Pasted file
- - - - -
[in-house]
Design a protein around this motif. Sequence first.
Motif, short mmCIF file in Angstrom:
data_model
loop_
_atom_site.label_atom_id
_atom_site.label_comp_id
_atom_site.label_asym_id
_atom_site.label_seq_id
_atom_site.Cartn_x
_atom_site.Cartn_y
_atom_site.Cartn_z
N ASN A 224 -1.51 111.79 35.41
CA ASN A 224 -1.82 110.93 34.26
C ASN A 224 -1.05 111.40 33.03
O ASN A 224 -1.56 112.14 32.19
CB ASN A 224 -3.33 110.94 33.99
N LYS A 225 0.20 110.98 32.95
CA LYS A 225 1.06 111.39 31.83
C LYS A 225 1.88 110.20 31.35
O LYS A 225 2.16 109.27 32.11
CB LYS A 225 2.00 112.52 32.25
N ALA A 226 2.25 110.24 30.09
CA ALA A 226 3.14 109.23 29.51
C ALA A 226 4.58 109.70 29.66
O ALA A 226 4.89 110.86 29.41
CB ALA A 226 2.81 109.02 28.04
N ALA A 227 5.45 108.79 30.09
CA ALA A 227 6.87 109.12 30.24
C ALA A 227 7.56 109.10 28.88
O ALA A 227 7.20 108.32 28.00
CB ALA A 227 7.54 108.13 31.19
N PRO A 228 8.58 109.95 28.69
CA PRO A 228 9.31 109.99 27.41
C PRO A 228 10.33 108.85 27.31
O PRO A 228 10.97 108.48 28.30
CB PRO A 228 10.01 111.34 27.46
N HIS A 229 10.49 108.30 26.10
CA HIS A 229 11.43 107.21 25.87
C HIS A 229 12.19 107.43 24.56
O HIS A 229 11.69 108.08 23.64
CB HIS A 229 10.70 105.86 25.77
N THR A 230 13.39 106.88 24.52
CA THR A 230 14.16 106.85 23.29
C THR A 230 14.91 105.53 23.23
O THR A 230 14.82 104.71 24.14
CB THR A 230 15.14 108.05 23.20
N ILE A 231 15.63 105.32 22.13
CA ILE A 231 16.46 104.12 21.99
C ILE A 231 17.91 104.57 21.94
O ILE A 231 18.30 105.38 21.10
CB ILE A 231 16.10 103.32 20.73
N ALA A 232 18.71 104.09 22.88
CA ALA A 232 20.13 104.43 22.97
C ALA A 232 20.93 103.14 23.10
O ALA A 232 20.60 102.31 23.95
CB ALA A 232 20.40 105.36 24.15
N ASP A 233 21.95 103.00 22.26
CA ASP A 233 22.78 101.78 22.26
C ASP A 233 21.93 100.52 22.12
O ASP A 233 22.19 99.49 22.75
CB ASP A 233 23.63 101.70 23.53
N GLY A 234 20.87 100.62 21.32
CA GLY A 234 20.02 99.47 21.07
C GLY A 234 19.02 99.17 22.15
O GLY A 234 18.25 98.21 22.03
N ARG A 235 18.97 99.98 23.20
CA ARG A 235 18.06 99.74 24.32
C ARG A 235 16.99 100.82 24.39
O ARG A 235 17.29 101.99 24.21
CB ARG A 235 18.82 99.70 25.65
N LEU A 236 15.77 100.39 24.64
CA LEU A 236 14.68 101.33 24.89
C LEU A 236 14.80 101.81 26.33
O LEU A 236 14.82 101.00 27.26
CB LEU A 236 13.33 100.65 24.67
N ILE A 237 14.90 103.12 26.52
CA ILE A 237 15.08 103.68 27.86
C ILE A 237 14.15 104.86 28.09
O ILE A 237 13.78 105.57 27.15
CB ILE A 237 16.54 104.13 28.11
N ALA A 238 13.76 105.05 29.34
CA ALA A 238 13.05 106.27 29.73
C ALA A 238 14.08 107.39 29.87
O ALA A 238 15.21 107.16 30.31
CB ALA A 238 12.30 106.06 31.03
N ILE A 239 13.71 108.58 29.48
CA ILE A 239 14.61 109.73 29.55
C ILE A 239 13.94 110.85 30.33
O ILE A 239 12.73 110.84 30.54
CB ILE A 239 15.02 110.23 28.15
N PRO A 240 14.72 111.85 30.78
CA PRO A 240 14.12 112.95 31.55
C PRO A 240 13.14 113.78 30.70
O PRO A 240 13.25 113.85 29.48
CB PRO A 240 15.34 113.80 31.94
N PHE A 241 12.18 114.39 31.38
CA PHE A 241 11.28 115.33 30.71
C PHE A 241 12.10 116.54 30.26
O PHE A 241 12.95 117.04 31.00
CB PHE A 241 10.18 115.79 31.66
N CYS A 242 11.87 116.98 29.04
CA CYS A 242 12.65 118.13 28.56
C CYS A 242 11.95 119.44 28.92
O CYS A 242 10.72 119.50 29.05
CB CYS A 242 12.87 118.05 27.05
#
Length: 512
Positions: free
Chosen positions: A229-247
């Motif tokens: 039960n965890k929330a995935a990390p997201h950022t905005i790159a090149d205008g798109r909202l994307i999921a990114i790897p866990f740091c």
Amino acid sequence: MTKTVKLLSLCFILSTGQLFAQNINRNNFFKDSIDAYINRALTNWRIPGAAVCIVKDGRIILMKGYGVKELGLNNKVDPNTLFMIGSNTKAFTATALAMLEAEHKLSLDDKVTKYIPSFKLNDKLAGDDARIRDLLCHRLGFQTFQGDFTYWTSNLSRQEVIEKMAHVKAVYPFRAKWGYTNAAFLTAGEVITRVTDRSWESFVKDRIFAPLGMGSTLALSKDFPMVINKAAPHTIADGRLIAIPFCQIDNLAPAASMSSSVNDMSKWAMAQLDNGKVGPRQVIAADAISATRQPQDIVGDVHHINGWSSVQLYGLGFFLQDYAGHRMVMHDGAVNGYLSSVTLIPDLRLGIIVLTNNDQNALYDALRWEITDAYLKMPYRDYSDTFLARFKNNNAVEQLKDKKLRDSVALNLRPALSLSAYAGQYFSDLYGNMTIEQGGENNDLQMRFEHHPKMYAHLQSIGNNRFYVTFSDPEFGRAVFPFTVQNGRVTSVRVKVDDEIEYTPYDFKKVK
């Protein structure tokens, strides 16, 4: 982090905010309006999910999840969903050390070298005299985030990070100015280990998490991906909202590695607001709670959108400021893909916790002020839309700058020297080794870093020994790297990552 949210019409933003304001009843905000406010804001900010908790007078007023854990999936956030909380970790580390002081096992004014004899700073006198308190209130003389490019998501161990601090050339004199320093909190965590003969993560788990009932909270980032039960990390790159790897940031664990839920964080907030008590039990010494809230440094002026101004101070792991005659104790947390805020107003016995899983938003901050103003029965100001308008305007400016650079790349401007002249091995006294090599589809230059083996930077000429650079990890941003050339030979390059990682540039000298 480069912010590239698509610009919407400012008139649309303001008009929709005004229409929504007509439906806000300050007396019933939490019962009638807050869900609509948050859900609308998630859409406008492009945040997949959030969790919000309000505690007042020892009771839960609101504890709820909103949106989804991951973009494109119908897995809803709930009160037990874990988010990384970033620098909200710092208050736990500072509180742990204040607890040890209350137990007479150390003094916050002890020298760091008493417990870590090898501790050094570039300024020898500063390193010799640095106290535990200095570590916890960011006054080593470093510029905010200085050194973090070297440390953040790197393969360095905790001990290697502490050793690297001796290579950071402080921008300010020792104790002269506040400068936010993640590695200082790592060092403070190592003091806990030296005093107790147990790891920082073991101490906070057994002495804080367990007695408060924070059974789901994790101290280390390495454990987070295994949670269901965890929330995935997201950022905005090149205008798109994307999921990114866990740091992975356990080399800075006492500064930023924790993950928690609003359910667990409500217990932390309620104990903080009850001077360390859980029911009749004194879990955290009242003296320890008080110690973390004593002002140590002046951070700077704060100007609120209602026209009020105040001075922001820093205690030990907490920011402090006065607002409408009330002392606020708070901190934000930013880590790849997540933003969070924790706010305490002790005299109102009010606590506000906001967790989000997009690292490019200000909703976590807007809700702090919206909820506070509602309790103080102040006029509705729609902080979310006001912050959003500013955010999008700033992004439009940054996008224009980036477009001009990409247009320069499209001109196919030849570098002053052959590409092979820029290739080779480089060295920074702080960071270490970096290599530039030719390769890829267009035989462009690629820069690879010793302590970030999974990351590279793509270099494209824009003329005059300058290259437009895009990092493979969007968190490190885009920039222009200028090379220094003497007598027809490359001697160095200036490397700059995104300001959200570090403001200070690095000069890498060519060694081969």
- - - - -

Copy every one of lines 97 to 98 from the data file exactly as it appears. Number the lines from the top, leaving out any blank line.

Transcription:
N PHE A 241 12.18 114.39 31.38
CA PHE A 241 11.28 115.33 30.71